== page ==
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Predict and Prepare: Severe Weather

December 17, 2015

Extremely intense climate events have increased in frequency in the past few decades. The National Climate Assessment, commissioned by the federal government, finds that extreme weather activity has become more frequent on all levels-- whether that is intensity, duration, or amount. Research into these phenomenons has been relatively unexplored in a rigorous statistical manner, but PhD candidate Lindsey Dietz hopes to be a part of a burgeoning movement that is changing that and helping them prepare.

A Minnesota native, Lindsey grew up about 40 miles from Minneapolis in Elk River. She attended the University of Minnesota–Duluth out of high school and excelled both academically and athletically. She became a Division II All-American basketball player and earned both her bachelor’s and master’s degrees in mathematics. After graduating, she worked at US Bank as an analyst and consultant for two years before deciding to pursue her PhD. She was accepted to the University of Minnesota–Twin Cities and in her time here she has conducted research that has the potential for real-life application, focusing on modeling extreme climatic events.

Lindsey’s research focuses on two different extreme climatic events: tropical cyclones and Indian monsoons. A goal of her work on tropical cyclone modeling is to jointly predict frequency, probability of landfall, and estimate damages. She has also worked on models that predict probabilities of rare severe weather occurrences. “There are models that show the probabilities of these events. For example, when people say, ‘This is a 1 in 100 or a 1 in a 1000 year event,’ the models can show that.” she says. “The model's outcomes can provide actionable insight for city and state disaster planning.”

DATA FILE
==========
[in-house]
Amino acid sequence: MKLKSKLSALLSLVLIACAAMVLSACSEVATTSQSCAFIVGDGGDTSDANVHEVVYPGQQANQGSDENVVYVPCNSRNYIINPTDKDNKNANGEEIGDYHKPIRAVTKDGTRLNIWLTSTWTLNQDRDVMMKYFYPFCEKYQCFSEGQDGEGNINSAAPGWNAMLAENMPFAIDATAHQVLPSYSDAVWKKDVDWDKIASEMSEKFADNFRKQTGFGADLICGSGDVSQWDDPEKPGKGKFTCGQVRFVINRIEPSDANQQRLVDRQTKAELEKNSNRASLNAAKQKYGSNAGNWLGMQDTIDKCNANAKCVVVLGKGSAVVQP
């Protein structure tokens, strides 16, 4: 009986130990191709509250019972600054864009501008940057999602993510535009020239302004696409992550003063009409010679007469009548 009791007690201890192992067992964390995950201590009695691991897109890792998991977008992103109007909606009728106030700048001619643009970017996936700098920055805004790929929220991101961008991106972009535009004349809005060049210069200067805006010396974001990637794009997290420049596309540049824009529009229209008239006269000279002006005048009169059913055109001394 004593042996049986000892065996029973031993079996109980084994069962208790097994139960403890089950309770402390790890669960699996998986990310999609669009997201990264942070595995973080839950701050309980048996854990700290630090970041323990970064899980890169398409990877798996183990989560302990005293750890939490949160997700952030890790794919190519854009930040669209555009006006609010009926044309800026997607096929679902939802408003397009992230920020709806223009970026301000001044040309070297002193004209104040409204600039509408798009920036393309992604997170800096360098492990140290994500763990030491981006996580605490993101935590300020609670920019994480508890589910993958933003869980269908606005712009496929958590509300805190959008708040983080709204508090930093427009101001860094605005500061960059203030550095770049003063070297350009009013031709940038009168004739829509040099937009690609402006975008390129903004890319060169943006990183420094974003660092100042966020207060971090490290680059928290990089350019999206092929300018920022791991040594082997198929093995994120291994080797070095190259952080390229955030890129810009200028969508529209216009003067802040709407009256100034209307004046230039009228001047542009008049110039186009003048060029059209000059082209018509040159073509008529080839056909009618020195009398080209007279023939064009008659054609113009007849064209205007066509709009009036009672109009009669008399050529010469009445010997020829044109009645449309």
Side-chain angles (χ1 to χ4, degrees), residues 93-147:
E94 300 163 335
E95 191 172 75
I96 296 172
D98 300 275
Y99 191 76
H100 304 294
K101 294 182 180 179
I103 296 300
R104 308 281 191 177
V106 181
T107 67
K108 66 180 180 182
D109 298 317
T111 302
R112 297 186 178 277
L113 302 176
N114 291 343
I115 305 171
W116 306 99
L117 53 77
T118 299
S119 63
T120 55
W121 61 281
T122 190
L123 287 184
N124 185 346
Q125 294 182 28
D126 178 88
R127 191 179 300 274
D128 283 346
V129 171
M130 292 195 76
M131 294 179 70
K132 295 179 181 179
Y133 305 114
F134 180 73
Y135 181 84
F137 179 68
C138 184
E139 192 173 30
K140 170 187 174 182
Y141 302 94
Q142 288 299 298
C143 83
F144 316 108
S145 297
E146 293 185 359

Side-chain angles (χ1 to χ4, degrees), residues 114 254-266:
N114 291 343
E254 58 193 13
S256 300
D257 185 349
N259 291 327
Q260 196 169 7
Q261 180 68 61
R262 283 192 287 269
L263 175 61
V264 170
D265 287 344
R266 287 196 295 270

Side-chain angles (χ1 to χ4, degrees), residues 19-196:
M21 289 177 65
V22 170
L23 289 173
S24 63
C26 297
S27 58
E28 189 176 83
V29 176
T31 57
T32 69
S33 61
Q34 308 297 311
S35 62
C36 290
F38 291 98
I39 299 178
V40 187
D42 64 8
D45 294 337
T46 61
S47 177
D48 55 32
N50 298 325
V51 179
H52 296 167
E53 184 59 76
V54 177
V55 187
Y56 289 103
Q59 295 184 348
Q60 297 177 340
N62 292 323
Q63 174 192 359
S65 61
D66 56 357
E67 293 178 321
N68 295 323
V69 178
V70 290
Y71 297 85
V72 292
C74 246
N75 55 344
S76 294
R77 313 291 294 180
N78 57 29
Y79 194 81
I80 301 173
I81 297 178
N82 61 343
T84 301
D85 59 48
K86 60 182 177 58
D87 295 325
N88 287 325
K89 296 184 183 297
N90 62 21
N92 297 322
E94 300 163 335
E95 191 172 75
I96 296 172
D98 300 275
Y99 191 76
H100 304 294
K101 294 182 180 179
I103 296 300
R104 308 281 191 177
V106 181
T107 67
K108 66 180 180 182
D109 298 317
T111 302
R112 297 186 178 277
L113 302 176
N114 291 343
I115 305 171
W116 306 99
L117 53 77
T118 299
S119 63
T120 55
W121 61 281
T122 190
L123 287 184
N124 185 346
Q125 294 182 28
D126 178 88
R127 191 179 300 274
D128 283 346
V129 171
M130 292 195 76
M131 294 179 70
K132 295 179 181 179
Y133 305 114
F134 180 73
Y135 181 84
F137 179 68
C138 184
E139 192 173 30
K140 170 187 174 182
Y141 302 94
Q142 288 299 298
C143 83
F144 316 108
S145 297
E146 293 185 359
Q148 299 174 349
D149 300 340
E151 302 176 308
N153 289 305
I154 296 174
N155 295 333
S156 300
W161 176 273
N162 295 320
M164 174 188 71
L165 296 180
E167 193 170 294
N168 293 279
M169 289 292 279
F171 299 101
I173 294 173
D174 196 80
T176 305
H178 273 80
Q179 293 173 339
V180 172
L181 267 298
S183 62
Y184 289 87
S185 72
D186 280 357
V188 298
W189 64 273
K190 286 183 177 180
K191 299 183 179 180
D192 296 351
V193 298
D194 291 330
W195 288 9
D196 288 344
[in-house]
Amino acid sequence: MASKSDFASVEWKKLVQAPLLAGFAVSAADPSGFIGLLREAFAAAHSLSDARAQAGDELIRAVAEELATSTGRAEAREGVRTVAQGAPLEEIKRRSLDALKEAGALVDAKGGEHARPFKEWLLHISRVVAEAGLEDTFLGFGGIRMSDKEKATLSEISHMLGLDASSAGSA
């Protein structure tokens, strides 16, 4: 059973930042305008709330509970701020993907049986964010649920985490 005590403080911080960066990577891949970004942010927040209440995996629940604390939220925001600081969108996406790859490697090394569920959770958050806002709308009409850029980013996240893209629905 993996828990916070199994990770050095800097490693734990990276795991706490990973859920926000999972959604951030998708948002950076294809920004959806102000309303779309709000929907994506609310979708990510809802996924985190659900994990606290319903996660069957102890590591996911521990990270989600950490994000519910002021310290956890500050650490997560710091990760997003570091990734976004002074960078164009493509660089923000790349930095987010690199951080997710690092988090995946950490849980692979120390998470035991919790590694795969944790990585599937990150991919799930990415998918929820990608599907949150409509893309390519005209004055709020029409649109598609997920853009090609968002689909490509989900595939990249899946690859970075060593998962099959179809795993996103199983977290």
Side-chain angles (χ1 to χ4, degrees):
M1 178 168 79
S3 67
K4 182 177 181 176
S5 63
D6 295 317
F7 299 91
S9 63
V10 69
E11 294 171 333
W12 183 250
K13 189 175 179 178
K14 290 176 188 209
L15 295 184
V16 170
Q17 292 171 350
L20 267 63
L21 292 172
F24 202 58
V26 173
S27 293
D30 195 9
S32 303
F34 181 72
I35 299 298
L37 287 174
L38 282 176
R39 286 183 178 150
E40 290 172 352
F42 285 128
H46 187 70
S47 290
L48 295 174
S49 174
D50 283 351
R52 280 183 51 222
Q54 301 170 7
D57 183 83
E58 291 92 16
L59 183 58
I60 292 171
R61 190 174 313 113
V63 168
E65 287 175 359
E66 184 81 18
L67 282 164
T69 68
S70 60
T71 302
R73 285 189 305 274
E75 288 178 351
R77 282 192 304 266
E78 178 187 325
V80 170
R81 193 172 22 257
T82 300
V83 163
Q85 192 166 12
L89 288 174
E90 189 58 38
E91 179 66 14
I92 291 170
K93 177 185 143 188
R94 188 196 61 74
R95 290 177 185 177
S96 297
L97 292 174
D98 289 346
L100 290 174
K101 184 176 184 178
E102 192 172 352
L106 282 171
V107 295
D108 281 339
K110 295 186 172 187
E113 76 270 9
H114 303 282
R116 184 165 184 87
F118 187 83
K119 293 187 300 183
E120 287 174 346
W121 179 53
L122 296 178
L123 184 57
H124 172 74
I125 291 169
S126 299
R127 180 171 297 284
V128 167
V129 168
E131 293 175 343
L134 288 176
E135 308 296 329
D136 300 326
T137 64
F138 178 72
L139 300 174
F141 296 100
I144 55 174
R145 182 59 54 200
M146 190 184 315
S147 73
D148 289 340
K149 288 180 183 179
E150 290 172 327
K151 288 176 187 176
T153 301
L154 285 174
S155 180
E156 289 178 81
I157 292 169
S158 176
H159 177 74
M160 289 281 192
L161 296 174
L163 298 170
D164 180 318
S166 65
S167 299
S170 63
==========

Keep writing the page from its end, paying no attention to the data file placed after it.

In her research on Indian monsoons, Lindsey’s models help find connections or correlations between different locations’ rainfall. "The models estimate the probability of rainfall exceeding a specified precipitation level,” she says. “One thing we found is these probabilities are spatially and temporally linked when​ the specified level is lower; however, this link is not seen at more extreme precipitation levels."

With her dissertation defense approaching in May, she points to her advisor, Snigdhansu Chatterjee, for doing a phenomenal job of preparing her and working with her on the research. “If I hadn’t worked with someone who has all these ideas, I wouldn’t have had as much of a leg up,” Lindsey says. “It would have been a huge struggle if I hadn’t had an advisor like him to help get me started.”

Lindsey hopes to see her research have a substantial effect in civil planning and disaster relief planning. “Severe weather has been happening pretty regularly over the last 10 years--we have these huge floods, huge fires, or hurricanes that are sweeping up the East Coast like they never used to,” she says. “My goal is risk mitigation of climate change events based on the data and appropriate statistical modeling techniques.”

 

This story was written by an undergraduate student account executive in CLAgency. Meet the Team.